With that in mind, Yes, we do believe that Social Media and Transparency are the future of Sustainability Reporting and on a broader scope responsible marketing practices. We bet that companies who will win on the long-term are those who will have discussed about their successes, but also their challenges, in a two-way dialogue with their stakeholders without greenwashing or doublespeaking.

“How can we fill the gulf between 140-page PDF report and 140-character tweet?”

We know that stakeholders can’t really have their say in current Sustainability reports, which are often documents that no one can comment, read on mobile devices or share on social media. PDF viewers may look like an interesting approach, however Ideas on Purpose highlights some limits in terms of interactivity, engagement and customization: « The benefits of these viewers are questionable, as they provide a much compromised user experience and represent a lost communication opportunity ».

However, truly digital formats are emerging in some major companies like GE, Levi’s, or Starbucks. Out of the 100 companies we studied in the SMI Wizness Social Media Sustainability Index 2012, we found:

• 70 had dedicated Sustainability blogs or magazines
• 40 had shareable Sustainability reports (compared to 15 in 2010)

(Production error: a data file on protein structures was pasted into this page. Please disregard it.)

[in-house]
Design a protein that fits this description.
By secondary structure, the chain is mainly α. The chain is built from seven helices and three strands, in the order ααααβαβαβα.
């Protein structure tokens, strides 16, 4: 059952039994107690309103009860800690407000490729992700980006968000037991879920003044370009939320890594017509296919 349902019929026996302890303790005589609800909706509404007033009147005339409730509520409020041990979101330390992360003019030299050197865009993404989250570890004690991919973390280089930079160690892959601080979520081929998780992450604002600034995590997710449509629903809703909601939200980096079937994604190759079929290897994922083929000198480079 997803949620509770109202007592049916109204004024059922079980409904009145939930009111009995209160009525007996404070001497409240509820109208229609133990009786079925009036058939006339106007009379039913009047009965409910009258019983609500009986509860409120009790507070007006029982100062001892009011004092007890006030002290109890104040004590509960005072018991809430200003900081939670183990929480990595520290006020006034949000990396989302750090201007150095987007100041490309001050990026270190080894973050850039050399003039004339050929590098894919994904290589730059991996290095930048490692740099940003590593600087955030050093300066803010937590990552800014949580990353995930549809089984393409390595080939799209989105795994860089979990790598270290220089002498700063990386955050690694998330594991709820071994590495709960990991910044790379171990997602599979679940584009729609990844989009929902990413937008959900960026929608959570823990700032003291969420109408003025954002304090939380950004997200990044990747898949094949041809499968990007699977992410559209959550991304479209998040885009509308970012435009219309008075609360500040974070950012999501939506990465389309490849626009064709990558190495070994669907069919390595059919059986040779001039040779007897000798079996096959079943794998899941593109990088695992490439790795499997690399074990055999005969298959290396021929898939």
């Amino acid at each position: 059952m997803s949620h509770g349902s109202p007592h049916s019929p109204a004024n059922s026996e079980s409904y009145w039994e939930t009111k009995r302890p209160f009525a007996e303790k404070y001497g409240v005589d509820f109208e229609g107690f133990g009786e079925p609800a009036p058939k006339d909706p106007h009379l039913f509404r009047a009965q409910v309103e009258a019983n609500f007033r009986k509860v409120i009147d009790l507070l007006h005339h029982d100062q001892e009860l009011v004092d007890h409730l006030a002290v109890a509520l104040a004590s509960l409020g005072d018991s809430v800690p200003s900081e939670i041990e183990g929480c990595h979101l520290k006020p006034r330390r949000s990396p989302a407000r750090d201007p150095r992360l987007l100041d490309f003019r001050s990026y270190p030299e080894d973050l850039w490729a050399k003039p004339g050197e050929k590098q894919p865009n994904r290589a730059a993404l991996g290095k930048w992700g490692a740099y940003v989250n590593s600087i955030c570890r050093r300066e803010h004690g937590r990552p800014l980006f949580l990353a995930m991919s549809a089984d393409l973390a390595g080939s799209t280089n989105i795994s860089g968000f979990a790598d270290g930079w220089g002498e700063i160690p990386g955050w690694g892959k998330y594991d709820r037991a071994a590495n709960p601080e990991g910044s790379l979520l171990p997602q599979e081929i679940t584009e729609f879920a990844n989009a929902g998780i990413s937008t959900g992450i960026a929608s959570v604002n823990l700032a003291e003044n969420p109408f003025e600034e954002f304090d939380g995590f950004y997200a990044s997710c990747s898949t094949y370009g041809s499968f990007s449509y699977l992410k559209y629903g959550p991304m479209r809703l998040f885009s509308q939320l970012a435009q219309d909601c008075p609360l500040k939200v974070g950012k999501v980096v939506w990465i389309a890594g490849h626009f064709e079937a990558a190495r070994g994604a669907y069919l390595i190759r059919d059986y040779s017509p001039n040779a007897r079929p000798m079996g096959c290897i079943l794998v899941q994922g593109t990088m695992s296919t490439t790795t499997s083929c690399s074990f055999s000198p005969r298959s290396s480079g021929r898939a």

• 4 shared those reports using iPad apps

According to Ideas on Purpose, 28% of the Fortune 200 companies create interactive sites as their Sustainability reports: Coca-Cola, Kellogs, Volkswagen or Ford being among the pioneers. This tendency fits into a larger trend of instantaneity between corporations and stakeholders, transparency of information, but also storytelling through interactive and multimedia content which cannot be used in traditional paper reports.

Our ambition with our new project is to help companies take this track and this is how we came up with the Publisher idea: enabling all-size organizations designing and publishing interactive and digital Sustainability or CSR reports through a unique and experience-driven web-service. Organizations like UPS, Lavola or MADE-BY joined our little revolution and now present Sustainability reports which are:

• Online & interactive, with videos, graphics and maps
• Tailored to stakeholders with filtered views according to readers’ interests
• Available everywhere and anytime on tablets or smartphones
• Shareable on social media
• Fully transparent and engaging with a commenting system
• Customized to their brand image

Lavola Sustainability Report 2012

If you’d like to give it a shot or just exchange on our project, feel free to send me a tweet @mariondupont, I would love to chat and listen to your stories.

But always keep in mind this quote from David Jones at Havas:

“Stakeholders don’t expect you to be perfect, but expect you to be honest”.